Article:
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SMA breakthrough 'could have implications for a number of conditions'

SMA breakthrough 'could have implications for a number of conditions'
27th September 2011

The debilitating and terminal disease spinal muscular atrophy (SMA) can leave patients in need of assisted living.

A team of scientists from the University of Missouri have now got a further insight into the disease, potentially helping those with the condition.

The study identified a communication breakdown between nerves and muscles in mice.

Critical communication occurs where nerves and muscles 'talk' to each other, explained associate professor Michael Garcia.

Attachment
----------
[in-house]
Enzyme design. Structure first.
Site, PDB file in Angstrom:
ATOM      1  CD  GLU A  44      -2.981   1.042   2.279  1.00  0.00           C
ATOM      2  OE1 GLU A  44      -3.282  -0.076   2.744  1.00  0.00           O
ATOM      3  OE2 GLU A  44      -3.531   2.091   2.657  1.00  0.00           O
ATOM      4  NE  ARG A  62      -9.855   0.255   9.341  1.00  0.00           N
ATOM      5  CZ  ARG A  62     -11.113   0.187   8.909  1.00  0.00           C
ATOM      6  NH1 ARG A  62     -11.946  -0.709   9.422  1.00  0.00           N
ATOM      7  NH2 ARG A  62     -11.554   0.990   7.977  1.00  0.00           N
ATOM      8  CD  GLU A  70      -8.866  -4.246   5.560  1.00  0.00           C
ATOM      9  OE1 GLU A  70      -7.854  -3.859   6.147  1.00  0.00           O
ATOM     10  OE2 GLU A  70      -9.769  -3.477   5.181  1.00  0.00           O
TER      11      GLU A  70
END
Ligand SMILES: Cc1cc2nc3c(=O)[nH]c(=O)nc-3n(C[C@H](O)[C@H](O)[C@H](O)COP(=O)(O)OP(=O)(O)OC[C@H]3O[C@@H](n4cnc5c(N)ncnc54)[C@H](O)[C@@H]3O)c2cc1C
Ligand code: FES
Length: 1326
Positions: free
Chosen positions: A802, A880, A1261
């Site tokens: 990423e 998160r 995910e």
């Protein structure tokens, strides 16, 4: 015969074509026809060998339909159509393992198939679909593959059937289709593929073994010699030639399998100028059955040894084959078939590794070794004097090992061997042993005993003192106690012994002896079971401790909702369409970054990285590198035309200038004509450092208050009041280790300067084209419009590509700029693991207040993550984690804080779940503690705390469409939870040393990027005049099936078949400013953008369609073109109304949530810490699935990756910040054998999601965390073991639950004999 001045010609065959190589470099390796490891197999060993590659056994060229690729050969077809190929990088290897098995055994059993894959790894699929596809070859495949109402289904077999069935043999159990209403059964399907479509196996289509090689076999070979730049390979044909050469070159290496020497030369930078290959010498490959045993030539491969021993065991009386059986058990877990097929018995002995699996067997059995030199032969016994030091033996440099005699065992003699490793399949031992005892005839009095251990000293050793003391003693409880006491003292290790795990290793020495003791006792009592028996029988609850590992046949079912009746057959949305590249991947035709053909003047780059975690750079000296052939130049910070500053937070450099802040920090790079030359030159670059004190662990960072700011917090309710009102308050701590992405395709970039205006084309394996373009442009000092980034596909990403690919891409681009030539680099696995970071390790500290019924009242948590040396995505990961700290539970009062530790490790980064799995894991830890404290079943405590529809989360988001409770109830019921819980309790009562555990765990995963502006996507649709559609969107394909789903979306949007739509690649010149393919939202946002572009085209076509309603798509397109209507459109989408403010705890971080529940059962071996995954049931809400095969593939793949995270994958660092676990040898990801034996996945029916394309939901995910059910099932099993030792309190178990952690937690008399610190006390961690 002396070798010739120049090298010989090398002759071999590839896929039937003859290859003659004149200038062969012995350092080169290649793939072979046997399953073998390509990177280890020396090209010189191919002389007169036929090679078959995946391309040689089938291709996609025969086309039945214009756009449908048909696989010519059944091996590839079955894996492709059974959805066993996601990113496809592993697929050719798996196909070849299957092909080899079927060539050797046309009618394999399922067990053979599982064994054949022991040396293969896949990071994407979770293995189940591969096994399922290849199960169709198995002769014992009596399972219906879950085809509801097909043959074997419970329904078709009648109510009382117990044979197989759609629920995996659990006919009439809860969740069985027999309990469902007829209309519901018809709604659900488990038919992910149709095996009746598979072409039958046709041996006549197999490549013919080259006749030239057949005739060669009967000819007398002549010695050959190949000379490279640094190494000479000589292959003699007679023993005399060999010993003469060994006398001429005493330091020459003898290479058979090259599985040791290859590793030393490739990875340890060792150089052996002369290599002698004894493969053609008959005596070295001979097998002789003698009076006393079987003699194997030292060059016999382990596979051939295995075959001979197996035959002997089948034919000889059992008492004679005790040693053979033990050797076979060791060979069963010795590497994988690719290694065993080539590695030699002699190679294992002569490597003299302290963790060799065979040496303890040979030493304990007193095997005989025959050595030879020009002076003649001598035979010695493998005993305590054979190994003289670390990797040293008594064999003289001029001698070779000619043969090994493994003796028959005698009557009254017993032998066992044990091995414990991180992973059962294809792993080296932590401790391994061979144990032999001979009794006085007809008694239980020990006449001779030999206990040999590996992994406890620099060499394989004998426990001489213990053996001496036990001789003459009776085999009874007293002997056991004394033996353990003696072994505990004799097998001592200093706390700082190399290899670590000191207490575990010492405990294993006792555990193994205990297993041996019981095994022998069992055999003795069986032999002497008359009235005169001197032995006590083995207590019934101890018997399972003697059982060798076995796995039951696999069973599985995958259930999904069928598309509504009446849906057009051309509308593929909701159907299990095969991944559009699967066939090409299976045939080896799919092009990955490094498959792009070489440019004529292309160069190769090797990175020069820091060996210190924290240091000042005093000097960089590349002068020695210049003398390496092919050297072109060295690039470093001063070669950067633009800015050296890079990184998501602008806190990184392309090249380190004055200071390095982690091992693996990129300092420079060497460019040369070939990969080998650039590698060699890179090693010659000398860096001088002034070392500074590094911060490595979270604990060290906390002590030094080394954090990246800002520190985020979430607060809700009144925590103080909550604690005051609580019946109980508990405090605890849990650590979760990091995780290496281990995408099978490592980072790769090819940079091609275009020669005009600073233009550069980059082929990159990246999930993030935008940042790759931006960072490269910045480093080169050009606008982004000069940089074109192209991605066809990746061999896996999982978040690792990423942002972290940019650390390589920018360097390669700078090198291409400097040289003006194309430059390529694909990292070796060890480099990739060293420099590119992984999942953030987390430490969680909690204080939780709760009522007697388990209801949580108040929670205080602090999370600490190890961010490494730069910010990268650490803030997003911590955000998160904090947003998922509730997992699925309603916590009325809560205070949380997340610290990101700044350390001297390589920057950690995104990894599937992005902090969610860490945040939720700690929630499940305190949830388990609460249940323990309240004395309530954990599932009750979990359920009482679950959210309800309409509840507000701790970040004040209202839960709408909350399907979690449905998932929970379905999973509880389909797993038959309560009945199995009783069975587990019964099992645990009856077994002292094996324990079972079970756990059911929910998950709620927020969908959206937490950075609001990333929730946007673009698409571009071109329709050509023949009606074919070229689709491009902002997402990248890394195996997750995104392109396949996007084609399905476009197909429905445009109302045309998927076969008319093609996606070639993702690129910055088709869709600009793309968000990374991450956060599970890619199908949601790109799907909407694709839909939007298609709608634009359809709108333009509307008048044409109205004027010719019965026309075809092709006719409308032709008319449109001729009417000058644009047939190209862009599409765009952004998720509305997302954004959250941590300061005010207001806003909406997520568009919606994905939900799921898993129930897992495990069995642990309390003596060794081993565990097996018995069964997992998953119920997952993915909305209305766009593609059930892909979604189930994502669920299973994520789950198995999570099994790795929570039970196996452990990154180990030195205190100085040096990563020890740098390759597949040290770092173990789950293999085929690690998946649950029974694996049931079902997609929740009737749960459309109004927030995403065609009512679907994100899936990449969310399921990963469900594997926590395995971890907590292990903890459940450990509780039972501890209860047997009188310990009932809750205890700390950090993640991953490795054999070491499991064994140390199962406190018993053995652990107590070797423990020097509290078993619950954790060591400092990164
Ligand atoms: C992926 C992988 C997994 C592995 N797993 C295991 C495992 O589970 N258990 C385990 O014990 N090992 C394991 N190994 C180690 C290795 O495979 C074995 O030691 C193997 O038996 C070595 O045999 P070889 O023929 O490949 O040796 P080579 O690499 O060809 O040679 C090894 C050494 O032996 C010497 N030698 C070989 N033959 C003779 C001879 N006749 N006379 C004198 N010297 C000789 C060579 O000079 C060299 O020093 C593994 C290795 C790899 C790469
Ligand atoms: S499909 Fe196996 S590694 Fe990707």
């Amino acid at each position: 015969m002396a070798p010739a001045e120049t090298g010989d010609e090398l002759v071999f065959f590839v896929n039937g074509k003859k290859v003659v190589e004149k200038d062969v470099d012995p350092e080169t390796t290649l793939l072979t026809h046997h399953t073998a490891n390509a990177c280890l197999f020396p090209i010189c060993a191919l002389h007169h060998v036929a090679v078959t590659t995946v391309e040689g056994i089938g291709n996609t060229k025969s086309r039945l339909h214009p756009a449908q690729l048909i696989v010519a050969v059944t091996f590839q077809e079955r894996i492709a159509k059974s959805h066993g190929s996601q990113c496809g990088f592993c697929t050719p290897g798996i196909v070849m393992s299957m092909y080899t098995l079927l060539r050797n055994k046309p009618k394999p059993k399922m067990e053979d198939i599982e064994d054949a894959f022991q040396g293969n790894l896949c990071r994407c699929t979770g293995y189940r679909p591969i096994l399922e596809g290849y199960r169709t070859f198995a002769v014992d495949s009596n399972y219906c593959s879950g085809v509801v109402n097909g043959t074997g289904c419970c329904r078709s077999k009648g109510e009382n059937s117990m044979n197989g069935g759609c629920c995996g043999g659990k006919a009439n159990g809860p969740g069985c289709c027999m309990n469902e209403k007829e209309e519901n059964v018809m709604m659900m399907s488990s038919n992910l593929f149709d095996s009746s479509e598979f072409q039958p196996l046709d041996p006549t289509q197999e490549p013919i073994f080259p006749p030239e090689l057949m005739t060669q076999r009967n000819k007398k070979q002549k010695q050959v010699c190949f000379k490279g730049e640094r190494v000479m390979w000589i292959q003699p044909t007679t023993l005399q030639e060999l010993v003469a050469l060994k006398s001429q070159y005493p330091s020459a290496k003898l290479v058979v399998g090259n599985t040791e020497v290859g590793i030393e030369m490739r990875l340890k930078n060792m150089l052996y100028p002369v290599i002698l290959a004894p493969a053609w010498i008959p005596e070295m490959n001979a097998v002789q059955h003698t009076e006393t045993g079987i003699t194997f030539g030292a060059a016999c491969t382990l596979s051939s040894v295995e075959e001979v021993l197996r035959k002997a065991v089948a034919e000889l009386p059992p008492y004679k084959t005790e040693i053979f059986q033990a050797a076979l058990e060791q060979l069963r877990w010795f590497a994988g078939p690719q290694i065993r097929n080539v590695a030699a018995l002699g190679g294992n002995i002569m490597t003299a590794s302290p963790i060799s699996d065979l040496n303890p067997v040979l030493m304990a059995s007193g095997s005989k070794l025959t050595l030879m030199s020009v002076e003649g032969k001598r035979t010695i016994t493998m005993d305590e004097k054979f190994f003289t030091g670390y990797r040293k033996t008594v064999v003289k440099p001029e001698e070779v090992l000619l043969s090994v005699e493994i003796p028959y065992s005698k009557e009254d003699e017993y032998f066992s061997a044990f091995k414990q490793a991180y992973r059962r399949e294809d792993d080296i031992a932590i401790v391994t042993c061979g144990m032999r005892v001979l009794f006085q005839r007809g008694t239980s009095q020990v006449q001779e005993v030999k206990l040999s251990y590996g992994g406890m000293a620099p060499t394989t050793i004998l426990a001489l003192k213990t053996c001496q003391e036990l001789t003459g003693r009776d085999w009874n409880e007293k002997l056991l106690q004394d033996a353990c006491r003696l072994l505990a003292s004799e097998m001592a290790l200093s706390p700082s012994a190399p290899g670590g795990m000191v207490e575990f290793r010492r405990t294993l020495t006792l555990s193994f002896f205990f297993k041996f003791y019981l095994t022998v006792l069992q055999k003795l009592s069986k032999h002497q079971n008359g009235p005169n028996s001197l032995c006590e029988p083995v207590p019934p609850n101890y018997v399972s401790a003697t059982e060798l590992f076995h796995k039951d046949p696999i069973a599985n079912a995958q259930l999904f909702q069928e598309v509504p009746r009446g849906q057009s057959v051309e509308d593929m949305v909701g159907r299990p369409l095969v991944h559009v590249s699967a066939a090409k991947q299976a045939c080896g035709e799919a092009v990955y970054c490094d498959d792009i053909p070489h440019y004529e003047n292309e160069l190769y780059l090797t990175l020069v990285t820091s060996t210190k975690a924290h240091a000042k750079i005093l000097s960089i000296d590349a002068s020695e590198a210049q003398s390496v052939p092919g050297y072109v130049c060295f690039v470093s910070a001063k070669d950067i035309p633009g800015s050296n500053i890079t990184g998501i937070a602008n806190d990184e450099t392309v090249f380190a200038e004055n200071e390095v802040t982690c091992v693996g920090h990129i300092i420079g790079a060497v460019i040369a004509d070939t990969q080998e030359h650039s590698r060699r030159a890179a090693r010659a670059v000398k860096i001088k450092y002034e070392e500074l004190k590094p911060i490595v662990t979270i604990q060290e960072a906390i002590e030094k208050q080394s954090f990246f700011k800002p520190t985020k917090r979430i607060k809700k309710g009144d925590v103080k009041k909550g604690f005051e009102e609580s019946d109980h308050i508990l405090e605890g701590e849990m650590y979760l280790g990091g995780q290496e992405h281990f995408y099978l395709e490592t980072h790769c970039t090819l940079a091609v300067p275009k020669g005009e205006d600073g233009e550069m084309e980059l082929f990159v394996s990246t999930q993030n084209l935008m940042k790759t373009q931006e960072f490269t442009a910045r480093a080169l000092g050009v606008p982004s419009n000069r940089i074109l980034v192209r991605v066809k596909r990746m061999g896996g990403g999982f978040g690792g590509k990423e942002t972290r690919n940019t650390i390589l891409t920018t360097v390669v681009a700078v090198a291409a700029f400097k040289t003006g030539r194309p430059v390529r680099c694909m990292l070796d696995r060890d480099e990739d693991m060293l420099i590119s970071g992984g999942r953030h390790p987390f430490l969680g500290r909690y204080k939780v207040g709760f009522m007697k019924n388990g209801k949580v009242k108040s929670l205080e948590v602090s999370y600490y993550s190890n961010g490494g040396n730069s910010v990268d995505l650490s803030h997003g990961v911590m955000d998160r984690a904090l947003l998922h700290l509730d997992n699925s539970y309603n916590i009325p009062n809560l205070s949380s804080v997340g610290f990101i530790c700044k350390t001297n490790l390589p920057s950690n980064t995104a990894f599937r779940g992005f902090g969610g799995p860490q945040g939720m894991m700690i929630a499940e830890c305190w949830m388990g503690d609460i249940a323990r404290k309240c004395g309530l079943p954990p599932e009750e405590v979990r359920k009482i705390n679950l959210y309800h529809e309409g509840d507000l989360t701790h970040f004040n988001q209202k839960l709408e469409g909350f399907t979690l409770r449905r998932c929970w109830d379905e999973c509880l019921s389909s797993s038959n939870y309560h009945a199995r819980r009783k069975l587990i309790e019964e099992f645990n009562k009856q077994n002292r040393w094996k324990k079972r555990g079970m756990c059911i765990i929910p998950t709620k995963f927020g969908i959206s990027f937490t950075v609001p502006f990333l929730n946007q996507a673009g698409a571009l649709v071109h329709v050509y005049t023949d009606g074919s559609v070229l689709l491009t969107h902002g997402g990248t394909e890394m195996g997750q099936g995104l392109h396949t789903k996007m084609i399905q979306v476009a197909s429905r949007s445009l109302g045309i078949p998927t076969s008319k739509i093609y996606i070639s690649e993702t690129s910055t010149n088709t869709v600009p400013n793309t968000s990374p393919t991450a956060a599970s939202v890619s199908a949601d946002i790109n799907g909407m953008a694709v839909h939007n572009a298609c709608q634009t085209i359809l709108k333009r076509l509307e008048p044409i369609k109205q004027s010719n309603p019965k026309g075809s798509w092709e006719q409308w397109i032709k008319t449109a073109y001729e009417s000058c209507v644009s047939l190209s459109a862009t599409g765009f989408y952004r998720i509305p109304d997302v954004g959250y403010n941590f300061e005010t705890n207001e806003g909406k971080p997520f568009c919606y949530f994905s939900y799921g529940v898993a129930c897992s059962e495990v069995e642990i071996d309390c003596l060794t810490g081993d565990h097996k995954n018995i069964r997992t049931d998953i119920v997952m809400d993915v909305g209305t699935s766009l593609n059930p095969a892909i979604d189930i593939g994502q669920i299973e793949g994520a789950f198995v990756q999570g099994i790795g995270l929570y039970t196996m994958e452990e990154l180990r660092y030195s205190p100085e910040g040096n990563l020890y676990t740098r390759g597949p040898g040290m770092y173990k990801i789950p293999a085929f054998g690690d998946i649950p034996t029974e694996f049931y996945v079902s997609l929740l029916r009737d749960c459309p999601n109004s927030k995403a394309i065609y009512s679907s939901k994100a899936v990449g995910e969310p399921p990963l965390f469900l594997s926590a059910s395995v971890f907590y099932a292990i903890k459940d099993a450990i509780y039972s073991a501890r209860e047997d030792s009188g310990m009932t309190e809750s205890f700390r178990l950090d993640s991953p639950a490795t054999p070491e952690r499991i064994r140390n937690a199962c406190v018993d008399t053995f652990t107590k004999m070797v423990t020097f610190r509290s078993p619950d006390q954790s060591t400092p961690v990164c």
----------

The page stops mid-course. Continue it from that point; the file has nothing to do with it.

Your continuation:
If this communication does not happen, muscles cannot work properly.

"In this study, we found that delivery of 'the words' a nerve uses to communicate with muscles was disrupted before they arrived at the nerve ending," said Mr Garcia.

SMA is caused by a protein deficiency in all cells, including motor neurons.

Study authors believe this discovery could also help give scientists further information on other conditions which involve motor neurons, such as amyotrophic lateral sclerosis, and dysfunctions of the synapses, including Duchenne Muscular Dystrophy.

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